Jacob Whitehead selects his best composite team from this weekend’s two matches
Six Nations Team of Round Three
There may have been only two Six Nations games this weekend, but there was plenty of controversy to make up for it.
What players stood out across the two matches, contributing to one of the highest-scoring days in Six Nations rugby?
Six Nations Team of Round Three
15. Liam Williams (Wales)
He’s nicknamed the ‘bomb defuser’ and he lived up to it this weekend not only from his ability under the high ball but from dismantling dangerous England attacks.
His positioning stopped Maro Itoje profiting from a chargedown and he pluckily hoovered up a couple of turnovers.
14. Louis Rees-Zammit (Wales)
Another excellent outing, despite not getting that many carrying opportunities.
He saved one try by tackling Elliot Daly man and ball when the England full-back had Jonny May screaming up on his outside and should have scored himself after Callum Sheedy’s intercept.
13. Garry Ringrose (Ireland)
Probably now the frontrunner for the Lions outside-centre jersey. Made 100 metres with ball in hand, second most in the Ireland team, and picked a weak shoulder for his side’s first try.
Even more impressive was his offload for Hugo Keenan’s try, the two Leinster men combining with aplomb.
12. Robbie Henshaw (Ireland)
It was his 50th cap this weekend and one of the most unsung players in European rugby deserves some recognition.
Flourishing from starting a run of games at 12, Henshaw made the most tackles of any back this weekend, shutting down an Italy attack which looked far less potent than in recent weeks.
11. James Lowe (Ireland)
Made the most metres of any player in the third week.
He’s been given grief for not transferring his club form onto the international stage, but Lowe forced Luca Sperandio to be hauled off at half-time and gave replacement Mattia Bellini a torrid time too. Unlucky to have a try ruled out.
10. Callum Sheedy (Wales)
No, he didn’t start, and yes, Dan Biggar’s ingenuity set Wales on their way. But Sheedy looked so calm when he came on, with him at the helm Wales comfortably sailed through a minor English storm at 24-24.
His clean break showed the running game that Wales have been missing since Gareth Anscombe’s injury and he kicked his goals superbly.
9. Kieran Hardy (Wales)
Jamison Gibson-Park, Ben Youngs, and Kieran Hardy all had impressive games, but Hardy, in the biggest match of his career, was the star nine.
His try was impishly brilliant, but most crucially his box-kicking was the match of Youngs’s efforts, putting the English back three in trouble throughout.
1. Dave Kilcoyne (Ireland)
Won a key scrum penalty for Ireland when they were encamped on their own line and made himself a constant nuisance in the loose.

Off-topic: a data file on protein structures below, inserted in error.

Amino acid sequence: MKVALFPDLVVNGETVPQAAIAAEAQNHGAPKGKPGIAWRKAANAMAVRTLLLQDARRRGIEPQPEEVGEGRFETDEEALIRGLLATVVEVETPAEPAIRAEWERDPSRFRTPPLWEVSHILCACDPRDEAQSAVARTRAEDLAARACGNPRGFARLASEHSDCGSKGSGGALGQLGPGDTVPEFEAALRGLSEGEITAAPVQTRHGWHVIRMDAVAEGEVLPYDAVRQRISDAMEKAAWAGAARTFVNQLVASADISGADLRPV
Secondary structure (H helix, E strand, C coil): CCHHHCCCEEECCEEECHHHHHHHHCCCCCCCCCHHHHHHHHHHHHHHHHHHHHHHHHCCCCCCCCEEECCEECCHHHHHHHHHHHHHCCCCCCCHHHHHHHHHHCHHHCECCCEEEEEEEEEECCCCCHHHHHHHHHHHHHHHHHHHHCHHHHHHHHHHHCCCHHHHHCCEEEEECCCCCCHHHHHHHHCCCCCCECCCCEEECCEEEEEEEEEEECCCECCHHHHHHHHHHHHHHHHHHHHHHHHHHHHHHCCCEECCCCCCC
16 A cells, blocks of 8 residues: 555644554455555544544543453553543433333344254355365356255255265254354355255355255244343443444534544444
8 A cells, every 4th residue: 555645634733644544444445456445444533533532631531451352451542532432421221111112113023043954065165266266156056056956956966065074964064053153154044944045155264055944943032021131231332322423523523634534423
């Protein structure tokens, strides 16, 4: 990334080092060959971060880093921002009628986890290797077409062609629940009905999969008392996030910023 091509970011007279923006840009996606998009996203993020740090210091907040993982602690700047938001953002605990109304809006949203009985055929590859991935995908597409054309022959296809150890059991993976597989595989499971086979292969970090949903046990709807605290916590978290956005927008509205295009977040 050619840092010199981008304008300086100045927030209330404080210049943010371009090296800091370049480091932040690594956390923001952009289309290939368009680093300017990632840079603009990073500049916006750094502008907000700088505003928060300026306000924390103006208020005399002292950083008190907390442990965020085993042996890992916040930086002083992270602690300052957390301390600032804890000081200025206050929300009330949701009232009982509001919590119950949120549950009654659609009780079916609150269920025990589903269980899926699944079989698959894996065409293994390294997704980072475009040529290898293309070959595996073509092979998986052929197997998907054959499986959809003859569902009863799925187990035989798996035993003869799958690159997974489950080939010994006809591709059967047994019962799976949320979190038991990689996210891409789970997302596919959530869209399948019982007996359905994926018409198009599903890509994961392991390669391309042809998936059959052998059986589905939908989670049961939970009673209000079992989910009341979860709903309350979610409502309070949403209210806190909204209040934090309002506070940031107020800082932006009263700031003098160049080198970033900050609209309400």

Doesn’t get that many opportunities with Cian Healy and Ed Byrne about, but Andy Farrell will hope the injury which forced him off after 50 minutes isn’t serious.
2. Ronan Kelleher (Ireland)
Had a few issues in the lineout, but omnipresent in the loose.
Plays with the dynamism of a young Jamie George and could be beginning to nose ahead in his battle with Rob Herring for the starting jersey.
3. Kyle Sinckler (England)
At his bullish best in Cardiff. Made double-digits in carries and tackles, and had his fingers all over Anthony Watson’s first-half score.
Also managed to avoid being wound up by Alun Wyn Jones.
4. Alun Wyn Jones (Wales)
Speaking of the man, Jones had his best game of the championship so far.
Wales won 16 of 17 lineouts, with their captain at the heart of it. He made a stack of carries, but most impressively seemed to be the first player to every other breakdown. Could probably clear out the Hulk.
5. Iain Henderson (Ireland)
Scorer of the try that wasn’t, ruining fantasy teams everywhere. That said, Henderson was even more impressive in defence.
Ireland’s choke tackles were key to slowing Italy’s ball, and it’s difficult to think of another player in world rugby as good at this singular skill.
6. Tom Curry (England)
I’ve been a bit cheeky here, shifting Curry to blindside, but the Sale flanker was a permanent menace.
Made 18 tackles, the most of anyone in the game, and seemingly warped space and time in the first half to catch his own chargedown on the full. Unbelievably durable.
7. Will Connors (Ireland)
Tadhg Beirne won Man of the Match but that feels very harsh on Connors – maybe the Italian commentators confused the two rampaging blue scrum caps!
Two tries for the openside, who can’t stop scoring against Italy, but the highlight as ever were his trademark chop tackles. A human bear-trap.
8. Taulupe Faletau (Wales)
An obscenely busy day. Nobody made more ground for Wales in Cardiff than Faletau, and make no mistake – these were attritional metres.
Billy Vunipola was also brilliant – their battle, the highlight of Saturday afternoon’s game, will continue until the moment the first Lions Test kicks off.
Who would make your Six Nations Team of Round Two? Email firstname.lastname@example.org to let us know.
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